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  • China’s Experiment In Urbanization

    To develop its frontier, the Chinese central government in 1999 announced its “Go West” campaign, which some compare to the Marshall Plan. Chongqing, dubbed “Chicago on the Yangtze,” was the big beneficiary of Beijing’s binge spending on infrastructure and just about everything else in its western areas.

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    Each day, 1,370 people arrive in Chongqing, China, most destitute and looking for any kind of work.  Some join the bangbang army, composed of the poorest migrants carrying heavy loads on their shoulders suspended from bamboo poles—bang bangs—in local parlance.  The porters earn about three dollars a day as they repeatedly climb and descend the city’s steep hills.  Others find work as cleaners.  Menial jobs are always available.

    At first, most new arrivals make just subsistence wages.  But they come to this city, once the capital of China, because they are able to earn enough to send a few yuan home to families still in the countryside.  And as they better their lot, migrants have fueled the river town’s rise, making it the world’s most populous city at some 33 million souls.   There are only 37 countries on the planet that have more people than this metropolis.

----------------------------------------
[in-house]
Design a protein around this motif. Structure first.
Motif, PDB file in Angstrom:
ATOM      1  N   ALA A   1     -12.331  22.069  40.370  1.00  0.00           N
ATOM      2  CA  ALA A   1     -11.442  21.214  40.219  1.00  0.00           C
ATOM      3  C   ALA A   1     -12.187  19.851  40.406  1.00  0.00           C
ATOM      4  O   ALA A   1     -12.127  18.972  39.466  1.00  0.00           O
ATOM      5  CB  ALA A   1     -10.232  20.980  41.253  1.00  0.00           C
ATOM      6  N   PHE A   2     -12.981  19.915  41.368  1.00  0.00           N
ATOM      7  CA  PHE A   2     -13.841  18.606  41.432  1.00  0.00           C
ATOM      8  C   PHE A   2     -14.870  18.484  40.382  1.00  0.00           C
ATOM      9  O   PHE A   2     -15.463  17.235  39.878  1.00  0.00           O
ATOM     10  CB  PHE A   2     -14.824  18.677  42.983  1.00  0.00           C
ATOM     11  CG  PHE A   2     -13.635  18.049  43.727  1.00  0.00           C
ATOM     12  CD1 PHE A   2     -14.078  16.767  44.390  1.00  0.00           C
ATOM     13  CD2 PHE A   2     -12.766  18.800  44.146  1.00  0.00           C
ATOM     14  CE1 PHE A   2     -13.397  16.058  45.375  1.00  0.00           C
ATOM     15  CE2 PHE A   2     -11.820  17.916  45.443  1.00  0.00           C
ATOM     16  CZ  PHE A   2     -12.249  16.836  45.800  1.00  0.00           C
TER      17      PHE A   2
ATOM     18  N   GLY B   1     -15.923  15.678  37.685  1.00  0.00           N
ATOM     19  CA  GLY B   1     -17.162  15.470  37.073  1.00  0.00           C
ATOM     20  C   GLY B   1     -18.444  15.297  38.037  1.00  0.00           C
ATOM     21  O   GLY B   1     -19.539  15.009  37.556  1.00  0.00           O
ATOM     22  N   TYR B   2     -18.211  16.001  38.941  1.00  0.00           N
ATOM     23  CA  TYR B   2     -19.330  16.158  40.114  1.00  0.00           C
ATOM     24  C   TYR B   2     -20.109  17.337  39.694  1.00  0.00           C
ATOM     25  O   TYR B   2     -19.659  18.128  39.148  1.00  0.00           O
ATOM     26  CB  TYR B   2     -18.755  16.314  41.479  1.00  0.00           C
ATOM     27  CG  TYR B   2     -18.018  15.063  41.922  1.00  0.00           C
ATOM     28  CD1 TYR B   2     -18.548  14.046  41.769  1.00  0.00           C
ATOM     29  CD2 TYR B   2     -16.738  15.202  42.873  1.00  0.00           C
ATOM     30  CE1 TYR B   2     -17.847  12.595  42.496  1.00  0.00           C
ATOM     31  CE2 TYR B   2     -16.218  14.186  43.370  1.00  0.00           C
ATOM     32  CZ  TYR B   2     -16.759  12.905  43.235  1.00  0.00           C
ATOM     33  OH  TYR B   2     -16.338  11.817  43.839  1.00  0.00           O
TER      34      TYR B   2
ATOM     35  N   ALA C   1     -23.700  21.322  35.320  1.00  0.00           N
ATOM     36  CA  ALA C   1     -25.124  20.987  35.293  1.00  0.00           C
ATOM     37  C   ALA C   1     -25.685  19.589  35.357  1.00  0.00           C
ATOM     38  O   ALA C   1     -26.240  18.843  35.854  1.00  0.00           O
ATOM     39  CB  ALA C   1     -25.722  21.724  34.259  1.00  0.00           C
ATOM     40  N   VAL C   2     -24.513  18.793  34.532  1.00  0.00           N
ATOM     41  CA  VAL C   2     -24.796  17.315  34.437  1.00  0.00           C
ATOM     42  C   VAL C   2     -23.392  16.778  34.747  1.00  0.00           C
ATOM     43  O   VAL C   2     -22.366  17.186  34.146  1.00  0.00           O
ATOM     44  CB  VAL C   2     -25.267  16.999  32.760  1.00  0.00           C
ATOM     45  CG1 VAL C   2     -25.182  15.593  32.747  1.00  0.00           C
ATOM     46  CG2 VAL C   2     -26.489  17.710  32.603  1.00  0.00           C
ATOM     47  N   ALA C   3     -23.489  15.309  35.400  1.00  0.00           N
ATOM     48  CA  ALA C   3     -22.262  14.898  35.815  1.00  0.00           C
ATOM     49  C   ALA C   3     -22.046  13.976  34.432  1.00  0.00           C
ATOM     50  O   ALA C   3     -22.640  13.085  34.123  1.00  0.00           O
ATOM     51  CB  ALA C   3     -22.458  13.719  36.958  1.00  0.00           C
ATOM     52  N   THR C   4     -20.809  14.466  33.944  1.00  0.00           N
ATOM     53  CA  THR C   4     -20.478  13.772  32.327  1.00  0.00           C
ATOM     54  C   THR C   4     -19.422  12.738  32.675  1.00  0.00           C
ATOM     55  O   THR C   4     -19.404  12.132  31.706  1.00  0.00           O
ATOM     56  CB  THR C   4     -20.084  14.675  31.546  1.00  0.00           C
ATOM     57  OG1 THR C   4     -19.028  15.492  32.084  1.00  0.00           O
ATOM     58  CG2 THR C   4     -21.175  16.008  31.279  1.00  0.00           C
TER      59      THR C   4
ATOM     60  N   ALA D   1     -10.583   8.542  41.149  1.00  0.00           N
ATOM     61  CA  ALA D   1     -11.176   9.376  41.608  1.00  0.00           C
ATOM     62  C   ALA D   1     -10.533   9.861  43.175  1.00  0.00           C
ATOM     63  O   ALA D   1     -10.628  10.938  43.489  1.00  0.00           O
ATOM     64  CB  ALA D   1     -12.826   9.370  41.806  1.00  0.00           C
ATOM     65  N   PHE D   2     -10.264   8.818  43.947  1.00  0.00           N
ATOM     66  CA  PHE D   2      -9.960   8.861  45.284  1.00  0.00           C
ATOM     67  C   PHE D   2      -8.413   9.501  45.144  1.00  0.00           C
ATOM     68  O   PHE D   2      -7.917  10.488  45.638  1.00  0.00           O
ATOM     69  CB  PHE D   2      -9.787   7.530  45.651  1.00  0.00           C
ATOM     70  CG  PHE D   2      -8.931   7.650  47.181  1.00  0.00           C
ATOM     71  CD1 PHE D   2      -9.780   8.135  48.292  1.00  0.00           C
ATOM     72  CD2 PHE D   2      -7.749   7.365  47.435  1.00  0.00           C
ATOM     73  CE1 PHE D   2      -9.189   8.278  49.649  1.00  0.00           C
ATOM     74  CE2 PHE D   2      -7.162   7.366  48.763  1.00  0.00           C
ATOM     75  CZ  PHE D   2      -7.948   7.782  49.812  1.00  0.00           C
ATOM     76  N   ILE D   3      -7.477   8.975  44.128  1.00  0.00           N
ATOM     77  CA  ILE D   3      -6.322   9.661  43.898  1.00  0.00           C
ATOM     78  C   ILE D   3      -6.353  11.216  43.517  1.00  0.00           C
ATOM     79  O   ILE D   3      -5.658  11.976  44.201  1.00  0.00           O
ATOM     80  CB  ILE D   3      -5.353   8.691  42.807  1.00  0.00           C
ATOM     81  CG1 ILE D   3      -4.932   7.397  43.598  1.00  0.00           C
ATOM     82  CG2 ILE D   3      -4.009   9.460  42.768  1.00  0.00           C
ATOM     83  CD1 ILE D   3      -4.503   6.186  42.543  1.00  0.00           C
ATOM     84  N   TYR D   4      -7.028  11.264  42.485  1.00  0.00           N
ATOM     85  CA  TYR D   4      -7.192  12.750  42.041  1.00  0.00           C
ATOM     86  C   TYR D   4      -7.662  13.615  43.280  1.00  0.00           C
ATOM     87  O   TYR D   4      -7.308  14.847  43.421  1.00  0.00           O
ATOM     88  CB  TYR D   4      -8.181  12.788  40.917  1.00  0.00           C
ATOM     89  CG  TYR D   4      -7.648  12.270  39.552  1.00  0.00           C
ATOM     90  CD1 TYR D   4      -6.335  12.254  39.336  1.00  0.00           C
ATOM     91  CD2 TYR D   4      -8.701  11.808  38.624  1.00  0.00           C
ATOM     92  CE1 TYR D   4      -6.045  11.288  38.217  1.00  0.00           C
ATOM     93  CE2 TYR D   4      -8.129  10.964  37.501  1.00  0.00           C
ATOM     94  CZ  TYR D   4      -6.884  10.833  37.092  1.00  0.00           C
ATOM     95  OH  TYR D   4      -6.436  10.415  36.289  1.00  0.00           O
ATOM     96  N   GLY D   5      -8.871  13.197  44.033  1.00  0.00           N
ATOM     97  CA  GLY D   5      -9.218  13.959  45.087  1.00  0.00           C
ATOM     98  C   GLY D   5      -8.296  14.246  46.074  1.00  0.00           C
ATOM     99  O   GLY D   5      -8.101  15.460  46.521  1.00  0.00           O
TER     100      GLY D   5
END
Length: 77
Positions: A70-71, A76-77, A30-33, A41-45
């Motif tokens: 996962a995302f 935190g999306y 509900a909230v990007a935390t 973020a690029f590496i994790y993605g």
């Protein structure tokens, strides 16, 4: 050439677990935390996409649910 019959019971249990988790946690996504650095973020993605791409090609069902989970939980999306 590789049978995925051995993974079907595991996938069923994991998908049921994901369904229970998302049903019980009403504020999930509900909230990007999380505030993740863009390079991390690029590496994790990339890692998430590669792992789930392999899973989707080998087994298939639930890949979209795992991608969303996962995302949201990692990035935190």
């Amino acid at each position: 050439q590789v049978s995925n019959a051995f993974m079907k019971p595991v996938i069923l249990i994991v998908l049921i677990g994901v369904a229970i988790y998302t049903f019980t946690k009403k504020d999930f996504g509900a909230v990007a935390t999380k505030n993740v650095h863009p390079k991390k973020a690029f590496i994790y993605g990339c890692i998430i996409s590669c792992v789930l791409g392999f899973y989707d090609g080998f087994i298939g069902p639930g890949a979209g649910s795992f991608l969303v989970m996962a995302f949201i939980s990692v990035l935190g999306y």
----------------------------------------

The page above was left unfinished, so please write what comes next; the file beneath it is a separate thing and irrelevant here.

Welcome to Chongqing on the upper reaches of the Yangtze, China’s longest waterway.  Here, a roaring economy means that no one needs to stay poor for long.  Indeed, the city’s officials believe they can avoid the fates of Rio and other cities discussed in this Forbes Megacities project.  “There will be no slums in Chongqing, unlike India or Brazil,” says Huang Qifan, a vice mayor of the city.  “Rapid economic growth means farmers can quickly find work, so they won’t live in poor conditions.”

    Chongqing is on a roll.  Once part of Sichuan province, it was carved off in 1997 to become what Beijing calls a provincial-level city, joining Beijing, Shanghai, and Tianjin in that category.  Chongqing is the only such administrative unit in the country’s vast—and undeveloped—west.

    To develop its frontier, the Chinese central government in 1999 announced its “Go West” campaign, which some compare to the Marshall Plan.  Chongqing, dubbed “Chicago on the Yangtze,” was the big beneficiary of Beijing’s binge spending on infrastructure and just about everything else in its western areas.

    Read More:

    http://blogs.forbes.com/megacities/2011/03/28/chongqing-chinas-lab-experiment-in-urbanization/

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    Filed Under: Global Business

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